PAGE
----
Categories: Indoor Environment Sectors: Developers, Designers
If everyone goes shopping for want of something to do on a rainy day, rather than sitting in front of the heater at home, is the retail centre responsible for lowering the ecological footprint?
Sustainable retail has complications not seen elsewhere. Sue Robinson reports on where the sector is at in the rush to green our cities.
Romilly Madew of the Green Building Council of Australia (GBCA) says the new Green Star – Shopping Centre Design rating tool will help assess the environmental attributes of the base building component of new shopping centres, as well as additions and major refurbishments for existing centres. She also hopes it will influence individual retailers’ choice of location.
The GBCA got its first enquiries from commercial offices, but retail soon followed. There was special interest from major owners such as Mirvac, Westfield, AMP Capital, Stockland, ING Real Estate and Lend Lease, which formed the technical working group and joined the Victorian Government’s Sustainability Victoria in sponsoring the tool’s development.
But although the Shopping Centre tool was started in 2005, it is still in the pilot stage. It has taken much longer to develop than other ratings tools. Why?
Firstly, there’s retail’s mix of users.
Shopping centres have large tenancies in the form of anchor stores (like supermarkets and department stores), as well as, in Madew’s words, “hundreds of little tenants”. If these tenants don’t cooperate with environmentally sustainable centre operation, they can undo a lot of good design and planning.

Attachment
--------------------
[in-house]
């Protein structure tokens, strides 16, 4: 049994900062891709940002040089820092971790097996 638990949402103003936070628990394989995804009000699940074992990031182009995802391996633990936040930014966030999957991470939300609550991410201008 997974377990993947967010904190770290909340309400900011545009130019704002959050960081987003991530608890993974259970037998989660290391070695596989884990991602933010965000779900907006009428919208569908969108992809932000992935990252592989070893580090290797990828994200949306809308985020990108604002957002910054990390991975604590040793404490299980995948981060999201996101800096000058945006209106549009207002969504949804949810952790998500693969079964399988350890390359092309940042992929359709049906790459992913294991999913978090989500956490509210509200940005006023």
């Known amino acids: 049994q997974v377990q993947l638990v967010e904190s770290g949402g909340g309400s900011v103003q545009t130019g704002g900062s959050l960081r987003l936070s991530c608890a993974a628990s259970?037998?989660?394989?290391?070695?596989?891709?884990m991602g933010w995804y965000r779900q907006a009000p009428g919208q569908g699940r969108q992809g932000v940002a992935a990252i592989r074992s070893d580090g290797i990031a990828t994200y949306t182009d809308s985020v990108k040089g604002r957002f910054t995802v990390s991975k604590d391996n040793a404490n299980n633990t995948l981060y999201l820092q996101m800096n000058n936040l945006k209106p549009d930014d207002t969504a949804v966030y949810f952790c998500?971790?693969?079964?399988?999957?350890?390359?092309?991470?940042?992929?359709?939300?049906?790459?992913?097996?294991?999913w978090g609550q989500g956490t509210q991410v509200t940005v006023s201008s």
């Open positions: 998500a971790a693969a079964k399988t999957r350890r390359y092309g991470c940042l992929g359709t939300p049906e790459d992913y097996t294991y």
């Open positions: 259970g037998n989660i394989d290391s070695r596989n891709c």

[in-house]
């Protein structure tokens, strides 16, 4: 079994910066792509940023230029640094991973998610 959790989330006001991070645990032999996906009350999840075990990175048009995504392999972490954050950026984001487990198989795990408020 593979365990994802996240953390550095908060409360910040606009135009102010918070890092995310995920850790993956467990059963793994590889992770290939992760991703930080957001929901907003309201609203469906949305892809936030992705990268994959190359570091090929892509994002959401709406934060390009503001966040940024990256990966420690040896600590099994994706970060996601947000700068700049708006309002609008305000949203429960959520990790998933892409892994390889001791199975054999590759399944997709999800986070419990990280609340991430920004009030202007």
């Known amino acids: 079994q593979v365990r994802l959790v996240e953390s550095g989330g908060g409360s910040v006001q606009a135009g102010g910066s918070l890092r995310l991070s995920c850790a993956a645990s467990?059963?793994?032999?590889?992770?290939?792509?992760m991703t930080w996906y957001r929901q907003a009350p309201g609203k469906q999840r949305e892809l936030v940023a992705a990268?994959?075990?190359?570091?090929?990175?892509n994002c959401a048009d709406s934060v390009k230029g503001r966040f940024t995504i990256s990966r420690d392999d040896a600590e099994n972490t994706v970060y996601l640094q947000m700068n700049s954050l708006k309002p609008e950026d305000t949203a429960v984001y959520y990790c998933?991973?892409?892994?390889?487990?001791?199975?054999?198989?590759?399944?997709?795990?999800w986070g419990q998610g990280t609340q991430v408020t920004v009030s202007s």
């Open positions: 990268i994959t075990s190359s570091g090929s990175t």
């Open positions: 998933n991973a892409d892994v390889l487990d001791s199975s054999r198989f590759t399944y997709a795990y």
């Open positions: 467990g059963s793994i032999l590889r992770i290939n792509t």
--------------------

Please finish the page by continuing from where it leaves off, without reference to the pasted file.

Shopping centres also have to accommodate hugely varying needs. For example, hairdressers use a great deal of water and eateries are heavy consumers of power.
Further complicating the issue is community use of shopping centres. Customers often use the centres as refuges in intemperate weather. So how do you assess the community benefit when people share a shopping centre’s airconditioning instead of turning on their own? User numbers also change dramatically with the seasons.
Shopping centres also take up a much larger land area than office buildings (making them more expensive to retrofit) and the majority are in the suburbs, away from public transport hubs, yet sustaining a much larger traffic throughput than other commercial premises. Even when centres are close to public transport, many shoppers insist on using cars to transport their shopping.
Herbert, Greer & Rundle’s Robert Wilcher, chairs the Property Council’s NSW division sustainable development committee and cites transport as a major hurdle for greening the retail environment. “Shopping centres are designed to be accessed by cars,” he says. With a traditional office rating tool, this obsession with cars would seriously hamper ratings.